The number of illegal methamphetamine labs destroyed in Kentucky has increased in the last 18 months as meth “cookers” have found ways around efforts to limit production of the dangerous, highly addictive drug, reports the Lexington Herald-Leader. A 2005 change in state law to restrict access to a key ingredient needed to produce meth drove down the number of makeshift labs police found, but only for a while.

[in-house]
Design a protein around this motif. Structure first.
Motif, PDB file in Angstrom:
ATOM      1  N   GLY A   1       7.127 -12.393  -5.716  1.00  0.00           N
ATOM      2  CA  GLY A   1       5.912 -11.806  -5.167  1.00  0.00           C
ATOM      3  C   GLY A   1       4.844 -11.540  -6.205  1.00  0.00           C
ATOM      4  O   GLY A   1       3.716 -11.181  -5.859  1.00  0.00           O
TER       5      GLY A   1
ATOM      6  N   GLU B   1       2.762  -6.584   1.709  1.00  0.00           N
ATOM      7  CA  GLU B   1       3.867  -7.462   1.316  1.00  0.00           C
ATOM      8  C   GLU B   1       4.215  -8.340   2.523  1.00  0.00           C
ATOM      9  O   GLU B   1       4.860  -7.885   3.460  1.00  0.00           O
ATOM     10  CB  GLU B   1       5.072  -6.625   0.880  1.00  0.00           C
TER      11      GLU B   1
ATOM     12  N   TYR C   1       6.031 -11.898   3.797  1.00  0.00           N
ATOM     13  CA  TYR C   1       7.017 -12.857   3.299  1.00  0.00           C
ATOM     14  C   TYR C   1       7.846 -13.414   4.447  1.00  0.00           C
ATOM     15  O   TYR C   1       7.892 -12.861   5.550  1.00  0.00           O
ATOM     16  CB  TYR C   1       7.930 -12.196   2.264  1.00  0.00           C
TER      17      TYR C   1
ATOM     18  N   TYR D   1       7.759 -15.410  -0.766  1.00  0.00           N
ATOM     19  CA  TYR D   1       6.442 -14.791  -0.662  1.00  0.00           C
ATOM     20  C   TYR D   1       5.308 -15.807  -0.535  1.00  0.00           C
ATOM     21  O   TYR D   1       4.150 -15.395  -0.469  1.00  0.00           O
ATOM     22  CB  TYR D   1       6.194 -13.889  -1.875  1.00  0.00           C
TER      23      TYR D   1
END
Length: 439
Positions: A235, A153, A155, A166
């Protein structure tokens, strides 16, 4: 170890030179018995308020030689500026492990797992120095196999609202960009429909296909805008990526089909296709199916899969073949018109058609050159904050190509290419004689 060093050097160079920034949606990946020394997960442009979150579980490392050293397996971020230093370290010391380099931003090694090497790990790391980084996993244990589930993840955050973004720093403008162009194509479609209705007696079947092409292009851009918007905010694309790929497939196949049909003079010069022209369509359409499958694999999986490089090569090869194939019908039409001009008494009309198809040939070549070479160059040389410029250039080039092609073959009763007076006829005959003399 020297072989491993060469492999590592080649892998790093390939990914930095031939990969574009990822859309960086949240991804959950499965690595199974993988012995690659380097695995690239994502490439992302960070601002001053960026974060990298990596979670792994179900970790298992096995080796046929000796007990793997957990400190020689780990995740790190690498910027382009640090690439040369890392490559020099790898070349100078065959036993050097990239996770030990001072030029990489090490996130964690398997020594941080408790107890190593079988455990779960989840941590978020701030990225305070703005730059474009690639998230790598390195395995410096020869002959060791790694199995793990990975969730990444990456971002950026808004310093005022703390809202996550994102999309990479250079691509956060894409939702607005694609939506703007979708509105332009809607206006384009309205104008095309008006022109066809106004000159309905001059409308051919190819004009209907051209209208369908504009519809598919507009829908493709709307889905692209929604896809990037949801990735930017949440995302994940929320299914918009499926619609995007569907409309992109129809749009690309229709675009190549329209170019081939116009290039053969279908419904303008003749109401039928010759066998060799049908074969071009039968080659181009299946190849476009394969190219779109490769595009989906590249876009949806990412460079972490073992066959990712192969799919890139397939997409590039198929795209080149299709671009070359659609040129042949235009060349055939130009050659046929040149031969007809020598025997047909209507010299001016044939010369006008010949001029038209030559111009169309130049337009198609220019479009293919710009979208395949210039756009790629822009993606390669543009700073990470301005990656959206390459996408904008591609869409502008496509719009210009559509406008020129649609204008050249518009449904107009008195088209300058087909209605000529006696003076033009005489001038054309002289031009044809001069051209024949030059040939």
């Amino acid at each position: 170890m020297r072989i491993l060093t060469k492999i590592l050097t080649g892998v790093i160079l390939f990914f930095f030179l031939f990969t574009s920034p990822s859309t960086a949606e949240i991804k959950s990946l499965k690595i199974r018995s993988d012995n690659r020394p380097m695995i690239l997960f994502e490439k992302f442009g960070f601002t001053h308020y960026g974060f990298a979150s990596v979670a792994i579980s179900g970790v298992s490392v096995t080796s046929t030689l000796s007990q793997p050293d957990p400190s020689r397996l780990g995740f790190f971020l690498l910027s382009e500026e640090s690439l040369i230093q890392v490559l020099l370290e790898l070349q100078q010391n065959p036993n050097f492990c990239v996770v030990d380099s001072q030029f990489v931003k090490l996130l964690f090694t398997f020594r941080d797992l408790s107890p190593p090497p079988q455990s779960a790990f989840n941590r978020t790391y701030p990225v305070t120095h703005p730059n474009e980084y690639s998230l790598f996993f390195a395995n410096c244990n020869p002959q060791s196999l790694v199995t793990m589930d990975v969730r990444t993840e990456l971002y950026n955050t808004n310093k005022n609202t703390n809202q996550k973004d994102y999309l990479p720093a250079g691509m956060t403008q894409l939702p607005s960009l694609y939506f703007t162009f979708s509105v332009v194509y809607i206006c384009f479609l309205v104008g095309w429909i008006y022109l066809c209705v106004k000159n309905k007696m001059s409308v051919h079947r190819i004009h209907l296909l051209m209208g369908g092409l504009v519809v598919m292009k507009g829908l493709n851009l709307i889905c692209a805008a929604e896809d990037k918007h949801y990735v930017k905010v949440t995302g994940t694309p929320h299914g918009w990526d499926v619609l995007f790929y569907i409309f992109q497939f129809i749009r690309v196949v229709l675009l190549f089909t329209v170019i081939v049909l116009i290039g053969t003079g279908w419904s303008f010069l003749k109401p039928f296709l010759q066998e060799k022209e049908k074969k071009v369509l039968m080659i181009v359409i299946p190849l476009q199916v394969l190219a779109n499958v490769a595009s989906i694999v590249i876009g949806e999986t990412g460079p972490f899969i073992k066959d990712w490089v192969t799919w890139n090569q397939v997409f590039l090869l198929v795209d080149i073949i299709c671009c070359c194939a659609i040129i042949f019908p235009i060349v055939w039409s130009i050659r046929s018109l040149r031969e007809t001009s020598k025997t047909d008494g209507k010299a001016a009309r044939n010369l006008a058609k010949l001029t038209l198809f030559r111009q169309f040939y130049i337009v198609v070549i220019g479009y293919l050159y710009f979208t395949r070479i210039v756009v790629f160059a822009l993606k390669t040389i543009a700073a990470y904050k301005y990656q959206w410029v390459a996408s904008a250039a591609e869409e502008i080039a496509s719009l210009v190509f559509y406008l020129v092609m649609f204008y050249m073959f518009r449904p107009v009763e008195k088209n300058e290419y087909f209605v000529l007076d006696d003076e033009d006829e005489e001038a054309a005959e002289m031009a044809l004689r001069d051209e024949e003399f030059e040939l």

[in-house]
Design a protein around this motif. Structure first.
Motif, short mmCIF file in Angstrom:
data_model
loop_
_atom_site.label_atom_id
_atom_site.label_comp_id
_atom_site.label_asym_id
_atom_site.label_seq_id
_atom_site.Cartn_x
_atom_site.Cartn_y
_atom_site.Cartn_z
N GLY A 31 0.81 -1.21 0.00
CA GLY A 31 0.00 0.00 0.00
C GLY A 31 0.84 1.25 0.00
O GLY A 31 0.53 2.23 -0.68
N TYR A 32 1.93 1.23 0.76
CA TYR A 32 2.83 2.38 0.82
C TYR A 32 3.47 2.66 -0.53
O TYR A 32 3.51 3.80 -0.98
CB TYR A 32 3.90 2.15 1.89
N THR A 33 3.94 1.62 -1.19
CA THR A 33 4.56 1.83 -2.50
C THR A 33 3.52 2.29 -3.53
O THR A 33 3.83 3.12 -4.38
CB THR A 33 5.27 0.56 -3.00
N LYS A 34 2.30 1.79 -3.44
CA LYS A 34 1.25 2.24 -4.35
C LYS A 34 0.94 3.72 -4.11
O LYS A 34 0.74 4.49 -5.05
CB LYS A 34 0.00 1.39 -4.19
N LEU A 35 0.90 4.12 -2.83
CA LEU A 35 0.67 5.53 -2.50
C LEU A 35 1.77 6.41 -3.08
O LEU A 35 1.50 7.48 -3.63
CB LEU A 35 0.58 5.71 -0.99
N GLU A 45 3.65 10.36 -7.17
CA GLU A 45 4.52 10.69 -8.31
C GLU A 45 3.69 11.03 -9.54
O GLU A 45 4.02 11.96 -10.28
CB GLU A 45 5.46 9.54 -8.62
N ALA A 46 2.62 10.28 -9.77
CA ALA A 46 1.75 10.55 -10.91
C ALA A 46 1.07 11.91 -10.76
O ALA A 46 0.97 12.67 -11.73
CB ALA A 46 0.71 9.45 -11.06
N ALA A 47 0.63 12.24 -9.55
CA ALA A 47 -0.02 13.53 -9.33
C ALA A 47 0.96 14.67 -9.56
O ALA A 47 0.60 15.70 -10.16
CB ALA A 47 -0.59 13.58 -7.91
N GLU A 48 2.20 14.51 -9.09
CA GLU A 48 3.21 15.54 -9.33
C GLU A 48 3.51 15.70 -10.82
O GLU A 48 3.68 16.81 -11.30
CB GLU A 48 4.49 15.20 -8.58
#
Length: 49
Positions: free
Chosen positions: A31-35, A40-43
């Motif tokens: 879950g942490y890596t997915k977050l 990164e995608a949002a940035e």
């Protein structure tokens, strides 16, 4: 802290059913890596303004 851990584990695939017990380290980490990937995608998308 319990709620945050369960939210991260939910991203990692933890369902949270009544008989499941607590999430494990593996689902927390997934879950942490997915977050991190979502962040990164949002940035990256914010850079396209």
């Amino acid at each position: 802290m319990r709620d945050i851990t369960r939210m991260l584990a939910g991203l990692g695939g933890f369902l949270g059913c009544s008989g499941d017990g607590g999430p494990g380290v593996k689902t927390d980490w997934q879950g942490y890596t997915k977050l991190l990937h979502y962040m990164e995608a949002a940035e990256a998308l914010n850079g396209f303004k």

The May 30 death of a 22-month-old boy who drank drain cleaner his parents allegedly were using to make meth grabbed local and national headlines at a time when the number of labs is going up. When the number of labs started going down a few years ago, “We thought, ‘Great, we’ve beat back the tide,’ ” said a state police official. “Now the tide’s kind of turned and is coming back in again.” Meth producers have adapted to efforts to restrict access to pseudoephedrine, which is found in over-the-counter cold and allergy medicines and is needed to make meth.